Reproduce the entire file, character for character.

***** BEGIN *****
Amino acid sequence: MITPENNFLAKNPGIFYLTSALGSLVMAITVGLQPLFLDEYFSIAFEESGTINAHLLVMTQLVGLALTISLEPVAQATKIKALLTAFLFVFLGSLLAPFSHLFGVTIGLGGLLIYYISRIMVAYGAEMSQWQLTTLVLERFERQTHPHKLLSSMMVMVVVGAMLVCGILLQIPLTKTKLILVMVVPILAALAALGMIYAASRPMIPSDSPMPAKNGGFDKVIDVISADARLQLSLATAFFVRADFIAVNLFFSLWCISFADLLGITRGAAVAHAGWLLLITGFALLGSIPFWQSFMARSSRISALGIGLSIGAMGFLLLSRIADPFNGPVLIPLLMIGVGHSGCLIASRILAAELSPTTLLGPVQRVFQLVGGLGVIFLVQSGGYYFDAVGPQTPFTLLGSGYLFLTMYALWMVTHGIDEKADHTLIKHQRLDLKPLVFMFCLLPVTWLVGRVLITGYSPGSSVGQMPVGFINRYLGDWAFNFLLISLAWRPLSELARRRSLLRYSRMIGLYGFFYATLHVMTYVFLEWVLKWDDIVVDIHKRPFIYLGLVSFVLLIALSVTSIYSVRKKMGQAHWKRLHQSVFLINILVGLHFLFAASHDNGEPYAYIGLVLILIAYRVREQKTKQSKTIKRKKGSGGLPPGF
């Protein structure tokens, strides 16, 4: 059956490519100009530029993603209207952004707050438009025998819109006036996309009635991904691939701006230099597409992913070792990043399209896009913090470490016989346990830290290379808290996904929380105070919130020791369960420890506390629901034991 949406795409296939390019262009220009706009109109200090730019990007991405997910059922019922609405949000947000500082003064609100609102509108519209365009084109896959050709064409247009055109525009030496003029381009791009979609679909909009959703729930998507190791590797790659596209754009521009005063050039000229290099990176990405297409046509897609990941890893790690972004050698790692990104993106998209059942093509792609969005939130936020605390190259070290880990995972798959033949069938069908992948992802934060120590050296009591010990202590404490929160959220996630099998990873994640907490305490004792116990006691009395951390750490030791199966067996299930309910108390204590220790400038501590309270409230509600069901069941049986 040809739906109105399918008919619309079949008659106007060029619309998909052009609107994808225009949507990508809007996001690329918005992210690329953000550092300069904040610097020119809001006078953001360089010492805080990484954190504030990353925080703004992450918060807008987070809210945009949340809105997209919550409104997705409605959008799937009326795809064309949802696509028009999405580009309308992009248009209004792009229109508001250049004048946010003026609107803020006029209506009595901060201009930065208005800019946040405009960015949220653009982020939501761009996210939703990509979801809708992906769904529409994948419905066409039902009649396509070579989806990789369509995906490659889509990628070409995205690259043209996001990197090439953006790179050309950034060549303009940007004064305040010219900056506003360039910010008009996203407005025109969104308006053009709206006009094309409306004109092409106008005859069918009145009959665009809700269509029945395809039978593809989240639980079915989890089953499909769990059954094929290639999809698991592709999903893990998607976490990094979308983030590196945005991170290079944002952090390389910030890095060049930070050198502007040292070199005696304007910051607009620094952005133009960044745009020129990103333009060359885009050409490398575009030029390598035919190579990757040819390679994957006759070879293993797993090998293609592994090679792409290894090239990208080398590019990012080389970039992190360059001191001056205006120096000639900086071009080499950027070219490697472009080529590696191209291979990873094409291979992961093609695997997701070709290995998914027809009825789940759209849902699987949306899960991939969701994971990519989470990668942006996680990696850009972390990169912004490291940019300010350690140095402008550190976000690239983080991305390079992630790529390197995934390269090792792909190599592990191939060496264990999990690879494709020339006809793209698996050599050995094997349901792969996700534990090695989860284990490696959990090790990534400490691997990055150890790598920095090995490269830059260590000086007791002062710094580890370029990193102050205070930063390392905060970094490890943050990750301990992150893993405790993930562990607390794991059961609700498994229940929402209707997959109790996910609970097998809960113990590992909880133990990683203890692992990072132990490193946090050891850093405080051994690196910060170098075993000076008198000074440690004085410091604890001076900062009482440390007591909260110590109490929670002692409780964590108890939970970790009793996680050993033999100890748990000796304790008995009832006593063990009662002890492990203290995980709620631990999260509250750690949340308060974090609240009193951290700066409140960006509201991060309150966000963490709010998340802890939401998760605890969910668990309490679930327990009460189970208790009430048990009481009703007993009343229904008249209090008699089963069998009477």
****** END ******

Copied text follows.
Amino acid sequence: MITPENNFLAKNPGIFYLTSALGSLVMAITVGLQPLFLDEYFSIAFEESGTINAHLLVMTQLVGLALTISLEPVAQATKIKALLTAFLFVFLGSLLAPFSHLFGVTIGLGGLLIYYISRIMVAYGAEMSQWQLTTLVLERFERQTHPHKLLSSMMVMVVVGAMLVCGILLQIPLTKTKLILVMVVPILAALAALGMIYAASRPMIPSDSPMPAKNGGFDKVIDVISADARLQLSLATAFFVRADFIAVNLFFSLWCISFADLLGITRGAAVAHAGWLLLITGFALLGSIPFWQSFMARSSRISALGIGLSIGAMGFLLLSRIADPFNGPVLIPLLMIGVGHSGCLIASRILAAELSPTTLLGPVQRVFQLVGGLGVIFLVQSGGYYFDAVGPQTPFTLLGSGYLFLTMYALWMVTHGIDEKADHTLIKHQRLDLKPLVFMFCLLPVTWLVGRVLITGYSPGSSVGQMPVGFINRYLGDWAFNFLLISLAWRPLSELARRRSLLRYSRMIGLYGFFYATLHVMTYVFLEWVLKWDDIVVDIHKRPFIYLGLVSFVLLIALSVTSIYSVRKKMGQAHWKRLHQSVFLINILVGLHFLFAASHDNGEPYAYIGLVLILIAYRVREQKTKQSKTIKRKKGSGGLPPGF
């Protein structure tokens, strides 16, 4: 059956490519100009530029993603209207952004707050438009025998819109006036996309009635991904691939701006230099597409992913070792990043399209896009913090470490016989346990830290290379808290996904929380105070919130020791369960420890506390629901034991 949406795409296939390019262009220009706009109109200090730019990007991405997910059922019922609405949000947000500082003064609100609102509108519209365009084109896959050709064409247009055109525009030496003029381009791009979609679909909009959703729930998507190791590797790659596209754009521009005063050039000229290099990176990405297409046509897609990941890893790690972004050698790692990104993106998209059942093509792609969005939130936020605390190259070290880990995972798959033949069938069908992948992802934060120590050296009591010990202590404490929160959220996630099998990873994640907490305490004792116990006691009395951390750490030791199966067996299930309910108390204590220790400038501590309270409230509600069901069941049986 040809739906109105399918008919619309079949008659106007060029619309998909052009609107994808225009949507990508809007996001690329918005992210690329953000550092300069904040610097020119809001006078953001360089010492805080990484954190504030990353925080703004992450918060807008987070809210945009949340809105997209919550409104997705409605959008799937009326795809064309949802696509028009999405580009309308992009248009209004792009229109508001250049004048946010003026609107803020006029209506009595901060201009930065208005800019946040405009960015949220653009982020939501761009996210939703990509979801809708992906769904529409994948419905066409039902009649396509070579989806990789369509995906490659889509990628070409995205690259043209996001990197090439953006790179050309950034060549303009940007004064305040010219900056506003360039910010008009996203407005025109969104308006053009709206006009094309409306004109092409106008005859069918009145009959665009809700269509029945395809039978593809989240639980079915989890089953499909769990059954094929290639999809698991592709999903893990998607976490990094979308983030590196945005991170290079944002952090390389910030890095060049930070050198502007040292070199005696304007910051607009620094952005133009960044745009020129990103333009060359885009050409490398575009030029390598035919190579990757040819390679994957006759070879293993797993090998293609592994090679792409290894090239990208080398590019990012080389970039992190360059001191001056205006120096000639900086071009080499950027070219490697472009080529590696191209291979990873094409291979992961093609695997997701070709290995998914027809009825789940759209849902699987949306899960991939969701994971990519989470990668942006996680990696850009972390990169912004490291940019300010350690140095402008550190976000690239983080991305390079992630790529390197995934390269090792792909190599592990191939060496264990999990690879494709020339006809793209698996050599050995094997349901792969996700534990090695989860284990490696959990090790990534400490691997990055150890790598920095090995490269830059260590000086007791002062710094580890370029990193102050205070930063390392905060970094490890943050990750301990992150893993405790993930562990607390794991059961609700498994229940929402209707997959109790996910609970097998809960113990590992909880133990990683203890692992990072132990490193946090050891850093405080051994690196910060170098075993000076008198000074440690004085410091604890001076900062009482440390007591909260110590109490929670002692409780964590108890939970970790009793996680050993033999100890748990000796304790008995009832006593063990009662002890492990203290995980709620631990999260509250750690949340308060974090609240009193951290700066409140960006509201991060309150966000963490709010998340802890939401998760605890969910668990309490679930327990009460189970208790009430048990009481009703007993009343229904008249209090008699089963069998009477």